Dividends paid on, and proceeds from the sale or other disposition of, Shares paid to a US Holder generally may be subject to the information reporting requirements of the Code and may be subject to backup withholding unless the holder (i) establishes that it is a corporation or other exempt holder or (ii) provides an accurate taxpayer identification number on a properly completed Internal Revenue Service Form W-9 and certifies that no loss of exemption from backup withholding has occurred. The amount of any backup withholding from a payment to a holder will be allowed as a credit against the US Holder's US federal income tax liability and may entitle such holder to a refund, provided that certain required information is furnished to the Internal Revenue Service.
A non-US Holder may be required to comply with certification and identification procedures in order to establish its exemption from information reporting and backup withholding.
ITEM 11: QUANTITATIVE AND QUALITATIVE DISCLOSURES ABOUT MARKET RISK
Information regarding quantitative and qualitative disclosures about market risk is set forth under the caption "Risk Management" in the Annual Report 2002 on pages 86 to 114 and such information is incorporated herein by reference.
ITEM 15: CONTROLS AND PROCEDURES
Disclosure Controls and Procedures
(a) Within the 90 days prior to the date of this Form 20-F, the Group carried out an evaluation under the supervision and with the participation of the Group's management, including the Group's Chief Executive Officers and Chief Financial Officer, of the effectiveness of the design and operation of the Group's disclosure controls and procedures. There are inherent limitations to the effectiveness of any system of disclosure controls and procedures, including the possibility of human error and the circumvention or overriding of the controls and procedures. Accordingly, even effective disclosure controls and procedures can only provide reasonable assurance of achieving their control objectives. Based upon and as of the date of the Group's evaluation, the Chief Executive Officers and Chief Financial Officer concluded that the disclosure controls and procedures are effective in all material respects to ensure that information required to be disclosed in the reports the Group files and submits under the Exchange Act is recorded, processed, summarized and reported as and when required.
(b) There were no significant changes in the Group's internal controls or in other factors that could significantly affect these controls subsequent to the date of their evaluation.
ITEM 18: CONSOLIDATED FINANCIAL STATEMENTS
The consolidated financial statements of the Group, together with the notes and schedules thereto and the Independent Auditor's reports thereon, are set forth on pages F-1 and F-78 of this Annual Report on Form 20-F and under the caption "Financial InformationConsolidated Finanical Statements" in the Annual report 2002 on pages 118 to 191, which is incorporated herein by reference.
|1.1||Articles of Association (Statuten) of Credit Suisse Group as of January 30, 2003 (together with an English translation).|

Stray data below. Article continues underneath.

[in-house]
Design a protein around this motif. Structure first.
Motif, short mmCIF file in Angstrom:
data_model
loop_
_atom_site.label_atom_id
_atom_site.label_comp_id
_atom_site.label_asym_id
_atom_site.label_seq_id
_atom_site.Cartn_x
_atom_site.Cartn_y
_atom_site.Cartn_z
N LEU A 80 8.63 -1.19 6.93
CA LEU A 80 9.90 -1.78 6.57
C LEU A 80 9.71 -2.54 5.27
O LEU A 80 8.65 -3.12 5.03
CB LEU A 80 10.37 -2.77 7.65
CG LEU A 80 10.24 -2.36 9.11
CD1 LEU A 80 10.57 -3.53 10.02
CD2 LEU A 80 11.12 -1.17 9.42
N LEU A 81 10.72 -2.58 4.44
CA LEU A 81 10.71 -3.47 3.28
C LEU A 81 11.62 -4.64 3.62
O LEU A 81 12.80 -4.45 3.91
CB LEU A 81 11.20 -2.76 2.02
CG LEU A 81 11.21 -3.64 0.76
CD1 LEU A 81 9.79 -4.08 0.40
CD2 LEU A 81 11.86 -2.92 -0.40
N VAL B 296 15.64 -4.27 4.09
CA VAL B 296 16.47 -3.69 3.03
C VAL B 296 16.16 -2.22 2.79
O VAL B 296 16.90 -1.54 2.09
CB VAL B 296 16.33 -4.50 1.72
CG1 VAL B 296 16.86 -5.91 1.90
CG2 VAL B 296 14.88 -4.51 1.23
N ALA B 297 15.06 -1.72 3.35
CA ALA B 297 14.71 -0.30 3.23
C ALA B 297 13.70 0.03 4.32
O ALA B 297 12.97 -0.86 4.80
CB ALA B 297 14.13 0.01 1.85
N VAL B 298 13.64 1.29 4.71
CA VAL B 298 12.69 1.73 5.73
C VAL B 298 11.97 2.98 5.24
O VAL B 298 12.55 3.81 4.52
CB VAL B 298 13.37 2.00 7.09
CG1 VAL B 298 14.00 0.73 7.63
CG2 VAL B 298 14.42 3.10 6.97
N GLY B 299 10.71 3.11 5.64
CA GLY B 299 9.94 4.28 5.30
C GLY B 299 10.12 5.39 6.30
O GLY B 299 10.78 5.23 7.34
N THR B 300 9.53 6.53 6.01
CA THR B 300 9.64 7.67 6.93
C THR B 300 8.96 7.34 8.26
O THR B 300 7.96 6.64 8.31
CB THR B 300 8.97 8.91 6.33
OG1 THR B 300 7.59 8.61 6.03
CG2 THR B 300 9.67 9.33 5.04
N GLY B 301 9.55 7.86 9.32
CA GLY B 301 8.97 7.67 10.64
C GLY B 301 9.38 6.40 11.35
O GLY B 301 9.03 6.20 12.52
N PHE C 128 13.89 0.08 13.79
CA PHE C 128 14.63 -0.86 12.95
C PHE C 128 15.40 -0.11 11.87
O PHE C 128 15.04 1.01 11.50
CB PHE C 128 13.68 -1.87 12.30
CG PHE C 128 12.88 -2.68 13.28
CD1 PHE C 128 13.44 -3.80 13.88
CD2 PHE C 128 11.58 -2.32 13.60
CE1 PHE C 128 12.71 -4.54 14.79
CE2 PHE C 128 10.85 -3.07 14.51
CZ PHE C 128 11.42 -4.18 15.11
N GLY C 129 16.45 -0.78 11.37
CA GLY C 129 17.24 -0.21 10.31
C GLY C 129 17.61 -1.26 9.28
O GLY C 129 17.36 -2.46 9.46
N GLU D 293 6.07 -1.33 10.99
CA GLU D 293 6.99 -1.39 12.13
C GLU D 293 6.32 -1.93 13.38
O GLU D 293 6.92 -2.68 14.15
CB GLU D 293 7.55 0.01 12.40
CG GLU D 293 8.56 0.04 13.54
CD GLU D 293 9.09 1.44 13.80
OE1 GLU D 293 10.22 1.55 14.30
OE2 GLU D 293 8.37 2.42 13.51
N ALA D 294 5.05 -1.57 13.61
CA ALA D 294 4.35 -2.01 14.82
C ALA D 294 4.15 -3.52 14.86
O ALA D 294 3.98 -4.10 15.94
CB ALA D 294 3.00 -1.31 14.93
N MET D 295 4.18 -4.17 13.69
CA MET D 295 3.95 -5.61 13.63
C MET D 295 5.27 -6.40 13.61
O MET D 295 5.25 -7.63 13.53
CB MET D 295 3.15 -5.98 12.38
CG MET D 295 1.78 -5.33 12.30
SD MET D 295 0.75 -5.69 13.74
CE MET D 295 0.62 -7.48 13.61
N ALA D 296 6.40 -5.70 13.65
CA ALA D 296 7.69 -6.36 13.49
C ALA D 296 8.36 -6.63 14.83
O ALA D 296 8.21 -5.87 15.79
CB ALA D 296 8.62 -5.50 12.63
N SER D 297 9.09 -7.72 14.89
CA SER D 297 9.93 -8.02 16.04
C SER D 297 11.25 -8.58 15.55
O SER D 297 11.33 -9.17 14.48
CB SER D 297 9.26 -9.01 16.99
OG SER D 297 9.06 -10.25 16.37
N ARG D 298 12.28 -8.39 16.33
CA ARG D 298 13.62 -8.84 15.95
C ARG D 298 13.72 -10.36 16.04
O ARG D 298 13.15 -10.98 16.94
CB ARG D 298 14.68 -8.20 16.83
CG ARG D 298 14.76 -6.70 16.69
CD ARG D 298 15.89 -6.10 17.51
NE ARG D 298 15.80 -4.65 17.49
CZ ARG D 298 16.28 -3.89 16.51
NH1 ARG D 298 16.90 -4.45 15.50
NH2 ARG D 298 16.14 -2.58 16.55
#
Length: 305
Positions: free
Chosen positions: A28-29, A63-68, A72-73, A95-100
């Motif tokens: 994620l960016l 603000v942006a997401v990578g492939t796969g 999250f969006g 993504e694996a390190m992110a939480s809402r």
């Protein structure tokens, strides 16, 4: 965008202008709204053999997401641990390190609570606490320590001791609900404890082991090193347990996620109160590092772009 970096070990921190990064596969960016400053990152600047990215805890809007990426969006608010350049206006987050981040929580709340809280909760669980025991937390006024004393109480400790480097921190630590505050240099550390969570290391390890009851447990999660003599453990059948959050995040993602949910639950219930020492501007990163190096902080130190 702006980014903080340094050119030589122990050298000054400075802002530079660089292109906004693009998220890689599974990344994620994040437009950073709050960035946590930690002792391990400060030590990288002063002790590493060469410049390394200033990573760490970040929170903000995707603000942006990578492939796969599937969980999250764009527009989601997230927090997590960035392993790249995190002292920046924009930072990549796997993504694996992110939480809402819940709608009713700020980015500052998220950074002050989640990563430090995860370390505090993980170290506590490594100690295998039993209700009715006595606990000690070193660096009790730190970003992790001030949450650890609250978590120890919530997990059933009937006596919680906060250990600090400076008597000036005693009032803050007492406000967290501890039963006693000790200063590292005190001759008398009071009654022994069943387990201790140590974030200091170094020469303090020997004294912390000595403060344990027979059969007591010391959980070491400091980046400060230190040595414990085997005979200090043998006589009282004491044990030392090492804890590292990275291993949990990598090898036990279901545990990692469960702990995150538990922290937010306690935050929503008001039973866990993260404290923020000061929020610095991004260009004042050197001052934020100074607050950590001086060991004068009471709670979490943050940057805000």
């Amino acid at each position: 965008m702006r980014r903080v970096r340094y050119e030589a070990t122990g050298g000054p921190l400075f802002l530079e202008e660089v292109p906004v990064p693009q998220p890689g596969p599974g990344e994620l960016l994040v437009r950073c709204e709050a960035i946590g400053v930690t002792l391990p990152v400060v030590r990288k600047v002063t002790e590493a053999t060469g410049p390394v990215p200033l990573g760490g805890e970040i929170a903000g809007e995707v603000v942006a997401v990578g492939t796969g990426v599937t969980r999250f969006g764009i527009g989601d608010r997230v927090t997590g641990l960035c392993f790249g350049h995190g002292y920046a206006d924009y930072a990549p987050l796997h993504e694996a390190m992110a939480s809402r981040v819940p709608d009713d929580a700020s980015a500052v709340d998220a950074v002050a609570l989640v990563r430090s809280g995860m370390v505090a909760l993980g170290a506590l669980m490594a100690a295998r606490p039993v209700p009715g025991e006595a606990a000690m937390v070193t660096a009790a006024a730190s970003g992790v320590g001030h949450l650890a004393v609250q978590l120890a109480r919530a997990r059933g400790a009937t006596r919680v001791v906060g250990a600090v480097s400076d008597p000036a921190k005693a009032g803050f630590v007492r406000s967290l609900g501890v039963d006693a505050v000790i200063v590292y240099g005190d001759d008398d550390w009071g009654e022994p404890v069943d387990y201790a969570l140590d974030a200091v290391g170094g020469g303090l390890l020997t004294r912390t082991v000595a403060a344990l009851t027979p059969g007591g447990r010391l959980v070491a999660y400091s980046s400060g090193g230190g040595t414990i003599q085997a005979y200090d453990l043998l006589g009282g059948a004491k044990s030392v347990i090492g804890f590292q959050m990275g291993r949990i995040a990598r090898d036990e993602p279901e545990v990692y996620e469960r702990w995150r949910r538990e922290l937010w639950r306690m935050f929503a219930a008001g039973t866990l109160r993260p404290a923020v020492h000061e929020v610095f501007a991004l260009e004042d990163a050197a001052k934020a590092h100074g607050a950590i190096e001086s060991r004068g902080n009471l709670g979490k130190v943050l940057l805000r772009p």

Transaction Agreement between Credit Suisse First Boston (USA), Inc. and The Bank of New York Company, Inc. dated as of January 7, 2003.
Significant subsidiaries of the Registrant (a list of significant subsidiaries is included in note 46 of the notes to the consolidated financial statements of the Registrant).
The following portions of Credit Suisse Group's Annual Report 2002, which are incorporated by reference in this Annual Report on Form 20-F in response to Items 3, 4, 5, 6, 7, 11 and 18, are filed as an exhibit:
"Information on the Company", (Pages 8 to 33).
"Operating and Financial Review", (Pages 36 to 83 other than the tables under the heading "Operating and Financial Review Supplemental Information" (Pages 80 to 83).
"Corporate Governance" (Pages 208 to 229).
"Risk Management" (Pages 86 to 114).
"Financial Information" (Pages 118 to 191).
"Five-Year Summary of Selected Financial Data" (Pages 204 to 205).
The Annual Report, except for those portions thereof which are expressly incorporated by reference herein, is furnished for the information of the SEC and is not to be deemed as "filed" as part of the filing of this Form 20-F.
Consent of KPMG Klynveld Peat Marwick Goerdeler SA, Zurich.
Certification pursuant to 16 U.S.C. Section 1350, as adopted pursuant to Section 906 of the Sarbanes-Oxley Act of 2002.
The total amount of long-term debt securities of Credit Suisse Group authorized under any instrument does not exceed 10% of the total assets of the Group on a consolidated basis. The Group hereby agrees to furnish to the SEC upon its request a copy of any instrument defining the rights of holders of long-term debt of Credit Suisse Group or of its subsidiaries for which consolidated or unconsolidated financial statements are required to be filed.
The registrant hereby certifies that it meets all of the requirements for filing on Form 20-F and has duly caused and authorised the undersigned to sign this registration statement on its behalf.
|CREDIT SUISSE GROUP
|Name: David P. Frick
Title: General Counsel
|Name: Philip K. Ryan
Title: Chief Financial Officer
I, Oswald J. Grübel, certify that:
Dated: March 27, 2003
Oswald J. Grübel
Chief Executive Officer
I, John J. Mack, certify that: